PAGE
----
Iqaluit city council supports critical infrastructure projects slated for summer
Solid-waste facility, sewer upgrades and pipeline replacements still need additional approval
Iqaluit city councillors have approved a request to have more than a dozen critical infrastructure projects proceed this coming summer.
This will allow the city to officially bring these projects forward to the chief public health officer, Dr. Michael Patterson, and the Department of Community and Government Services, who will have the final say.
“I view these projects as absolutely essential,” Coun. Kyle Sheppard said during a council meeting on Wednesday, May 20.
“I have confidence that the CPHO can put measures in place to keep everybody safe.”
Earlier this month, Sheppard and the other council members also lent their support to a similar request made by the Government of Nunavut, paving the way for projects like the deepsea port and the correctional healing centre to go ahead pending Patterson’s approval.
There was no discussion of the city’s own projects at that earlier meeting, though Chief Administrative Officer Amy Elgersma did allude to such a meeting being in the pipeline.
“When we get a little further along, we may be coming to council for such recommendations,” she said on May 4.
Yesterday’s special council meeting, the fifteenth of the year, was that opportunity.
“With the COVID-19 situation and the travel restrictions as a result, there are challenges around completing some of the city’s capital projects,” said Elgersma.
“The city undertook an exercise with our project management team to identify which projects are of the highest risk if not completed.”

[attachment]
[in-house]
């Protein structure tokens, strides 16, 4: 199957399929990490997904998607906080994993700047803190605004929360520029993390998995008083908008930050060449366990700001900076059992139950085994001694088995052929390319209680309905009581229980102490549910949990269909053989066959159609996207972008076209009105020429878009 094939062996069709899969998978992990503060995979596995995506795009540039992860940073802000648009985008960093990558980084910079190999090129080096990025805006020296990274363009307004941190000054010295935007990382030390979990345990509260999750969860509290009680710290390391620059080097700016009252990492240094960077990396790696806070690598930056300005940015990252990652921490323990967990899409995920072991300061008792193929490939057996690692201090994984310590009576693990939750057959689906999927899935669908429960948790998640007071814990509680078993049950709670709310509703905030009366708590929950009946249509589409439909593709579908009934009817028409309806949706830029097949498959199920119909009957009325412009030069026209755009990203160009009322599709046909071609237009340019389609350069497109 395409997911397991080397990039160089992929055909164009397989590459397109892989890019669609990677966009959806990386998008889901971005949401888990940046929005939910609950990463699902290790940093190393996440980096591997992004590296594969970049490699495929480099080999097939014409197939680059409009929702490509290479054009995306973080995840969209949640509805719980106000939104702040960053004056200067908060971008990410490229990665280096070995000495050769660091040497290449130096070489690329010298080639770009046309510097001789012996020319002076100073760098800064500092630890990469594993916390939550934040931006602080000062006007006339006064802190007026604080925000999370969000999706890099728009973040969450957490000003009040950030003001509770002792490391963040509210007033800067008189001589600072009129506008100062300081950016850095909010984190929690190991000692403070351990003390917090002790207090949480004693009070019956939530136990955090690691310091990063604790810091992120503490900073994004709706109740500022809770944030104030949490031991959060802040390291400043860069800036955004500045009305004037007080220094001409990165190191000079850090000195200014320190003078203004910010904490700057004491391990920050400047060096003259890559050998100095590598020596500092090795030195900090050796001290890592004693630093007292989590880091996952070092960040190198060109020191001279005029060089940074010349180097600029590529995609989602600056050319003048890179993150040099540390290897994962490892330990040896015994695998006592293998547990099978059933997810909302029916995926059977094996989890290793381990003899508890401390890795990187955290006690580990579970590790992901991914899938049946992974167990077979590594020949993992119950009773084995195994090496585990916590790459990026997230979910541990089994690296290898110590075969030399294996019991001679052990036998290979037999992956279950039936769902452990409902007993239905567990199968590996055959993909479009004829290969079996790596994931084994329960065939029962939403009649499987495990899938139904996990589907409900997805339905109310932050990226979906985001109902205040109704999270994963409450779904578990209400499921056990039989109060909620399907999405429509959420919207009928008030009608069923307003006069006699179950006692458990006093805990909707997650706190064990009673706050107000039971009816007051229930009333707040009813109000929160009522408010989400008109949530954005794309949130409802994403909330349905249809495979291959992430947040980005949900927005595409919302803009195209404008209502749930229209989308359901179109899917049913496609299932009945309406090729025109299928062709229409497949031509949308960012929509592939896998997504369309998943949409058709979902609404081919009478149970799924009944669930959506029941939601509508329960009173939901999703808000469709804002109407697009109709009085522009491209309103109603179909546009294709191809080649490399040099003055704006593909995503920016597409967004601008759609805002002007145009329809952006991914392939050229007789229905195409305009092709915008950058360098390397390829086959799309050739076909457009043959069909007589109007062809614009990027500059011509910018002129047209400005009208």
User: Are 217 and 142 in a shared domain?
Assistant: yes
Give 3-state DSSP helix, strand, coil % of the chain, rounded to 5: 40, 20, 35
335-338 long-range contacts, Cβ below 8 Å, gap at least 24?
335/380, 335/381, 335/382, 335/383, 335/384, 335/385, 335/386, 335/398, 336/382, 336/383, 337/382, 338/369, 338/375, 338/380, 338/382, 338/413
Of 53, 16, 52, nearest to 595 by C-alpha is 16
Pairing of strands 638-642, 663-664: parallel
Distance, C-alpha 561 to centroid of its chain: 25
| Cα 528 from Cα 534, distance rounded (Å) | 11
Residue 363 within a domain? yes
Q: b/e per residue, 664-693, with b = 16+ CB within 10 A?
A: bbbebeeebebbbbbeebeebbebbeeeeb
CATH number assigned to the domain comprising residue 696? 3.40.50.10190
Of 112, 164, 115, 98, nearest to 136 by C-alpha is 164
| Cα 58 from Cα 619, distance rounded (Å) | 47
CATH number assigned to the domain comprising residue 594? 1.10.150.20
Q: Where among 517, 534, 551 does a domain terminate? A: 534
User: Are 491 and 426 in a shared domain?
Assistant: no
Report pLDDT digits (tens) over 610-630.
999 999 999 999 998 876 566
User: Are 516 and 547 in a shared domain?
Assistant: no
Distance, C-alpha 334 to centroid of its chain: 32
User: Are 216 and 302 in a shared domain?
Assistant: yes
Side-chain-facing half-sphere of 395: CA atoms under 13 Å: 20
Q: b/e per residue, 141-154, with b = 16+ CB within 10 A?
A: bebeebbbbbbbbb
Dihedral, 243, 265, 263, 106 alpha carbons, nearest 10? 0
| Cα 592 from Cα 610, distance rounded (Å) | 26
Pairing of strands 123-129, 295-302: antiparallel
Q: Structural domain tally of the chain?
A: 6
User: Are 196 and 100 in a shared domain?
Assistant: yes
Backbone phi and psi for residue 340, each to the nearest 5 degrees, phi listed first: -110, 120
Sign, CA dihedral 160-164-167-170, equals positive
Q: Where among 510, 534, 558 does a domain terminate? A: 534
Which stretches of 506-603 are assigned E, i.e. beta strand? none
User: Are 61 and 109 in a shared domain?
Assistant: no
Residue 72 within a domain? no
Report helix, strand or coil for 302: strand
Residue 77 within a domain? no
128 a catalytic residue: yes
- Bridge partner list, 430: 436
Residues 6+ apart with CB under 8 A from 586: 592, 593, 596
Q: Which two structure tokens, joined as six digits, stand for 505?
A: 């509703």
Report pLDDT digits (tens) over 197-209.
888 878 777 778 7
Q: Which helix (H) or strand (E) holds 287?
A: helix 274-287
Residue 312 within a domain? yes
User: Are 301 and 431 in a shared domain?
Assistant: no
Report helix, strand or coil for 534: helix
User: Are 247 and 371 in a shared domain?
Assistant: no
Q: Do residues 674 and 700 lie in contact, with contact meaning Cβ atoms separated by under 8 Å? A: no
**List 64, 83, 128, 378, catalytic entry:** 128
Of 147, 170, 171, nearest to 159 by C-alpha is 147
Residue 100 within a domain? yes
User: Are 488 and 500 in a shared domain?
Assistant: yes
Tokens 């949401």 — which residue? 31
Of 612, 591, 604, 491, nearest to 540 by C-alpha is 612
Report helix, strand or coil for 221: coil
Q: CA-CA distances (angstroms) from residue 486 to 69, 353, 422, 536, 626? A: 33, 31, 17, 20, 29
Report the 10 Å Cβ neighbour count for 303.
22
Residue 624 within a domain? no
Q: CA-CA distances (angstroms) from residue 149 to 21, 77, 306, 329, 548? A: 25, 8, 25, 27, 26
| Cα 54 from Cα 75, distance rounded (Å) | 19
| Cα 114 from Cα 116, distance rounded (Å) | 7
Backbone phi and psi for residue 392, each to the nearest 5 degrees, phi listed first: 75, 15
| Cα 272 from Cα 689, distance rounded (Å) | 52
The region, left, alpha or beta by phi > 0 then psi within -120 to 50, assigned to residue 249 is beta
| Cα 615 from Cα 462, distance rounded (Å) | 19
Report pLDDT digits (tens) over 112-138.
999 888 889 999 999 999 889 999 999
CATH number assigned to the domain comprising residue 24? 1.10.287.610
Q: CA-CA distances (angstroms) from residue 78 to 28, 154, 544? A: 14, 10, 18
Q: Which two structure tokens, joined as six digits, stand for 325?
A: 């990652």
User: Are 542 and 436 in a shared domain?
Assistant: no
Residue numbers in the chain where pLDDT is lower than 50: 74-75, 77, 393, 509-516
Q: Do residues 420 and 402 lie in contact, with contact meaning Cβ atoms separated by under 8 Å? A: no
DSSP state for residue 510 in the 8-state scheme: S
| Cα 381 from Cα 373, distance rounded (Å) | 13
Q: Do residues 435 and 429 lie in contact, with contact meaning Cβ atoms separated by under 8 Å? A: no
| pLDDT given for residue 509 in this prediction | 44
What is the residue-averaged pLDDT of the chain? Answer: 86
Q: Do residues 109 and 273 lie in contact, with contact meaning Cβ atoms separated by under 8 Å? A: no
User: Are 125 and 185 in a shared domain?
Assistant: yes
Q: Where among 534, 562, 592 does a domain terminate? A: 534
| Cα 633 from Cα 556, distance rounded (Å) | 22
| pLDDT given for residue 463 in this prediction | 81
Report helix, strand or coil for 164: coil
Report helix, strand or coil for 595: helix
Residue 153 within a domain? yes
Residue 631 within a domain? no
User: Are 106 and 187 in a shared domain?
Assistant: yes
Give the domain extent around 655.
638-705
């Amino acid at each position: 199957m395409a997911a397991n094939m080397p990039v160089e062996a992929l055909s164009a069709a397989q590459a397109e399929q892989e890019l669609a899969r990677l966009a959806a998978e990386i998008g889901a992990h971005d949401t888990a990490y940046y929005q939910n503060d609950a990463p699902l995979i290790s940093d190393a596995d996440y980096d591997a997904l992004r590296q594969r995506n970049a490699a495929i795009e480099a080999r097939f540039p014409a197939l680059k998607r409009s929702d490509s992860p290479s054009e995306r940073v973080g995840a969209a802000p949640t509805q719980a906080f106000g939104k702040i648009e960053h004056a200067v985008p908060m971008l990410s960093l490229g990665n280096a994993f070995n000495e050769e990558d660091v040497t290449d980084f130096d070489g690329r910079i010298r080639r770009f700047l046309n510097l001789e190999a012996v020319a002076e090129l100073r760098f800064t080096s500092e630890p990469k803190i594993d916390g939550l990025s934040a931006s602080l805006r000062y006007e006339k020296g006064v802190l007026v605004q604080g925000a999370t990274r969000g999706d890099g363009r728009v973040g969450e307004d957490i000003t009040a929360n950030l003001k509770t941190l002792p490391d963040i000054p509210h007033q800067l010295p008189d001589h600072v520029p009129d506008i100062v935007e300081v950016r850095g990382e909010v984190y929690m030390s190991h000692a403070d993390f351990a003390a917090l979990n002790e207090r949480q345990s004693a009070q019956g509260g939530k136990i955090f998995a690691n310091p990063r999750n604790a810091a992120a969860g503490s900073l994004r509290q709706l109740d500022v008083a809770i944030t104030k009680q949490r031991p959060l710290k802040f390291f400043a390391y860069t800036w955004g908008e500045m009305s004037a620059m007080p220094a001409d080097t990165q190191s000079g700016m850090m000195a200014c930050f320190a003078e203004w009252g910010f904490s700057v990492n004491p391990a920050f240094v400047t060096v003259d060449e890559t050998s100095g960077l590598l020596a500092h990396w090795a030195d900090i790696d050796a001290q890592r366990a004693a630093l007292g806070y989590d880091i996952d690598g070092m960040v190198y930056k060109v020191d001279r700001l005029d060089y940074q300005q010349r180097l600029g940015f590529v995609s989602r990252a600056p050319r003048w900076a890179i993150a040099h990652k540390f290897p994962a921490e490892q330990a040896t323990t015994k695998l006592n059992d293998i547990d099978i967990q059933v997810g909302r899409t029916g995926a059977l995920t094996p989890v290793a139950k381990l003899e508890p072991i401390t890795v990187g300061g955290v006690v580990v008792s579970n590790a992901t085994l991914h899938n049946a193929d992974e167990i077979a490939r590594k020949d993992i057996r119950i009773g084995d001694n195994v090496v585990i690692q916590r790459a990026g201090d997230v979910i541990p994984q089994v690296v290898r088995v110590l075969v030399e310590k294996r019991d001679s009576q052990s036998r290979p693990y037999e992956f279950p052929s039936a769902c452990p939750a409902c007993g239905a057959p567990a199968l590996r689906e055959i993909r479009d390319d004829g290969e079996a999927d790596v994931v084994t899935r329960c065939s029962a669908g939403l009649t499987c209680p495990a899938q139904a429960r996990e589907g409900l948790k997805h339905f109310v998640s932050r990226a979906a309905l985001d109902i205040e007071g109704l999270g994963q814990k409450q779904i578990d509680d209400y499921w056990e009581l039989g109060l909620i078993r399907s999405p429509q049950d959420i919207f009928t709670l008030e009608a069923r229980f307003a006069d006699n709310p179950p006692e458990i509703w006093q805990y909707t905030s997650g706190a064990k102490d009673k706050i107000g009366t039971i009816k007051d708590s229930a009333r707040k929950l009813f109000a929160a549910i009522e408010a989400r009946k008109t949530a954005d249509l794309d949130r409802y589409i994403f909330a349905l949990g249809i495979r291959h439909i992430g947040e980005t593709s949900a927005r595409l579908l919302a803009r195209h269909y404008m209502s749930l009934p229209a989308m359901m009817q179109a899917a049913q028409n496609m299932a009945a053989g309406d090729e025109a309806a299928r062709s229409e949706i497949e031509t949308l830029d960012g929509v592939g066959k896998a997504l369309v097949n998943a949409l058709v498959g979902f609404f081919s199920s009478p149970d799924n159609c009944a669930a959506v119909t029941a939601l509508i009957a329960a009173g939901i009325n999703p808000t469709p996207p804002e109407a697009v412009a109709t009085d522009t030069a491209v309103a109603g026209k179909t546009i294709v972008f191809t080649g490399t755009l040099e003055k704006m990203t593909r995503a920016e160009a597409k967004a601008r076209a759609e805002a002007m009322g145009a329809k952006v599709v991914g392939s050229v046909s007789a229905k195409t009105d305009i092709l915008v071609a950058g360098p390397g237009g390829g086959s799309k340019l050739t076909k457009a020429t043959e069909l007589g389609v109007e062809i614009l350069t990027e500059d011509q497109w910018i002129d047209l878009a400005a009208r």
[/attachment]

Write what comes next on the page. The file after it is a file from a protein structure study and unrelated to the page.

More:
Thirteen projects were brought forward to council, many of which were also listed in the city’s amended capital budget, which was passed last week.
Among them are seven water projects, two sewer projects, two solid-waste projects, a bridge upgrade project and an electrical grounding project at the Arnaitok complex.
The projects range in size, with some involving only a single worker over a one-week period and others requiring up to 12 workers over a 22-week period.
“All of the workers would be required to follow the direction of the chief public health officer,” said Elgersma, “including the quarantine in the southern facility for 14 days.”
To assist in the council’s decision-making process, the city assigned financial and public-safety risk levels to each of the projects.
The city also added a third risk level to its list of proposed projects. That’s the risk of not meeting regulatory requirements, which is particularly relevant to projects such as the installation of electrical grounding for the city hall complex, which is required for the facility and its generator to comply with the electrical code.
The council approved the city’s request unanimously.
A full list of the projects can be found attached to the council meeting agenda.